Setting up single-node Kubernetes cluster

Kubernetes log As almost any engineer I have a small "server" at home. This server is nothing more than an old laptop running CentOS and a few docker containers in it. At some point I got tired of restarting and updating them manually. And of course instead of writing a few systemd unit files I've decided to over-engineer it and run Kubernetes on it.

This was a nice way to keep myself busy for a few evenings and get some relevant experience.


After small amount of reading it was quite obvious there is no single way to set up Kubernetes. There are many ways to set Kubernetes up and it's easy to get lost. Thus before doing everything else, let's outline what is it that I wanted:

  • Working Kubernetes "cluster" that fits on one machine with dual-code CPU and 4 GiB of RAM.
  • It must be possible to run it on more than one machine in the future.
  • It must be close to what I'd run in production - I want to get relevant experience. So no Minikube or similar things.

Based on this I chose the following components:

Operating system

The "server" already ran CentOS 8 (or even CentOS Stream). No reason to change that.

Decision: CentOS 8

Container Runtime

Kubernetes lets you chose container runtime. Container runtime is a thing than runs containers. The default choice here is of course Docker.

Thanks to Open Container Initiative Docker is not the only choice as there is a standard now and multiple projects implementing it. So we are not limited to just Docker now.

Now, Docker does quite a lot of stuff which seems to intertwine with what Kubernetes provide (Swarm, many networking options, etc). It seemed silly to have all of it running together with kubelet. In addition, I've seen my share of Docker bugs so I wanted some other bugs instead.

Looking around a bit, cri-o seemed nice. It is built primarily for Kubernetes, so hopefully does not have unnecessary bits implemented. It's supports all container registries and by default uses runc/containerd to actually run containers - the same tools Docker uses. So it will still share some of the bugs with Docker!

Winner: cri-o


Kubernetes network model is fairly straightforward: each pod (a group of one or more containers) gets its own IP address. Pods talk to each other using this IP.

How its implemented from physical network perspective is quite tricky. Kevin Sookocheff explained this quite well in his blog post.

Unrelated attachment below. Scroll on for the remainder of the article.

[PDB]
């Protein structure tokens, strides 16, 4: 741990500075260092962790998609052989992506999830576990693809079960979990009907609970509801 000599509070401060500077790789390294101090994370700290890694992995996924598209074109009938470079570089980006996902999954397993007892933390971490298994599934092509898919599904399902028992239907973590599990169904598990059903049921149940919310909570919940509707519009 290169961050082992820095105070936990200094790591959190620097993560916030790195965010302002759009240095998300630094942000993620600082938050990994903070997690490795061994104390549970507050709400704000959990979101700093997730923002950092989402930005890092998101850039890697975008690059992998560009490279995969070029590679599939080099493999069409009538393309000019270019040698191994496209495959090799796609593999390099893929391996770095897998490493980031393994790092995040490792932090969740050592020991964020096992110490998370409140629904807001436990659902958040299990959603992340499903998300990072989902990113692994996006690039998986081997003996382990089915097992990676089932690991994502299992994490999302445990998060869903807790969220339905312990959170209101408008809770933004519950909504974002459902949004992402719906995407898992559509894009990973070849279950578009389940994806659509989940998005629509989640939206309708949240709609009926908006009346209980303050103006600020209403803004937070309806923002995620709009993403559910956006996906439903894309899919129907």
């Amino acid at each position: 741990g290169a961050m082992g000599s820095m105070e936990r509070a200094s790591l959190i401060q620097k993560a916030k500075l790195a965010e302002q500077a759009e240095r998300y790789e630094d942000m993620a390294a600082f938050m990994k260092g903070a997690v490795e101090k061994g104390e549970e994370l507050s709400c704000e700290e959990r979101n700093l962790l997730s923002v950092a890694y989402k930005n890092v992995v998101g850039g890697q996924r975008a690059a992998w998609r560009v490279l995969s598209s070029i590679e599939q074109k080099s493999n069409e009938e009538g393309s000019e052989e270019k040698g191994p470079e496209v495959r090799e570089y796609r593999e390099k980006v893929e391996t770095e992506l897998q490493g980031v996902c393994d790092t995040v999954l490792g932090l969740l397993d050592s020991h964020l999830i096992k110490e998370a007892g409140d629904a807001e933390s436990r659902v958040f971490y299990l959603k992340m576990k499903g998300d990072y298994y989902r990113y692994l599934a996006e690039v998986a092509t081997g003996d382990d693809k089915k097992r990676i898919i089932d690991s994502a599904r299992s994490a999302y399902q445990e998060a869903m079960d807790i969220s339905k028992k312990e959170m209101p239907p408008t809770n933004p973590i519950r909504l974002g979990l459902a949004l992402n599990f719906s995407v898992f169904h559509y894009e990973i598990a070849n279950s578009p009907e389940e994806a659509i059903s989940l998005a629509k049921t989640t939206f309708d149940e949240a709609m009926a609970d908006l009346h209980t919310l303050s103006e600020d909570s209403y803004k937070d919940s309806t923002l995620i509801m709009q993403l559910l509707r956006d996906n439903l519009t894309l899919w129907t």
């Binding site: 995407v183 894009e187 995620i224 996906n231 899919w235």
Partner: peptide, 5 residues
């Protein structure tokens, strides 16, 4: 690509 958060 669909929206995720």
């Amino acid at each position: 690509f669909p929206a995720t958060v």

Implementation of the Kubernetes network can involve VLANs, virtual switches, tunnels, routing protocols or fancy software-defined network hardware. Major cloud providers have their own implementations of virtual networks which integrate nicely with Kubernetes. However since I am home user and I don't have fancy programmable hardware for software-defined networks, I needed to run a virtual network. Good news is that Kubernetes provides a way to solve this. You "simply" plug a network provider which supports the necessary APIs and this provider will be responsible for configuring bridges, tunnels and everything involved. The bad news is that there seems to be more than a dozen different network providers for Kubernetes, and the choice seems quite overwhelming at first.

However after digging through this (did I mention I hate networking?) the choice became obvious. I wanted Pods to be able to talk IPv6 to each other and external network and the only popular CNI that supported it was Calico.

Winner: Calico.

Installing Kubernetes


First steps is to install container runtime. Unfortunately installing cri-o on CentOS requires adding flimsy looking third-party repositories from OpenSUSE build system. (Maybe cri-o was not the best choice after all?).

Following the guide:

# Enable repositories:
sudo dnf -y module disable container-tools
sudo curl -L -o /etc/yum.repos.d/devel:kubic:libcontainers:stable.repo
sudo curl -L -o /etc/yum.repos.d/devel:kubic:libcontainers:stable:cri-o:1.18.repo

# Install cri-o
sudo dnf install cri-o

# Load modules necessary for cri-o:
sudo bash -c 'cat >> /etc/modules-load.d/cri-o.conf <<EOF
sudo systemctl restart systemd-modules-load.service

# Configure necessary for cri-o sysctl settings:
sudo bash -c 'cat > /etc/sysctl.d/99-kubernetes-cri.conf <<EOF
net.bridge.bridge-nf-call-iptables  = 1
net.ipv4.ip_forward                 = 1
net.bridge.bridge-navailableables = 1
sudo sysctl --system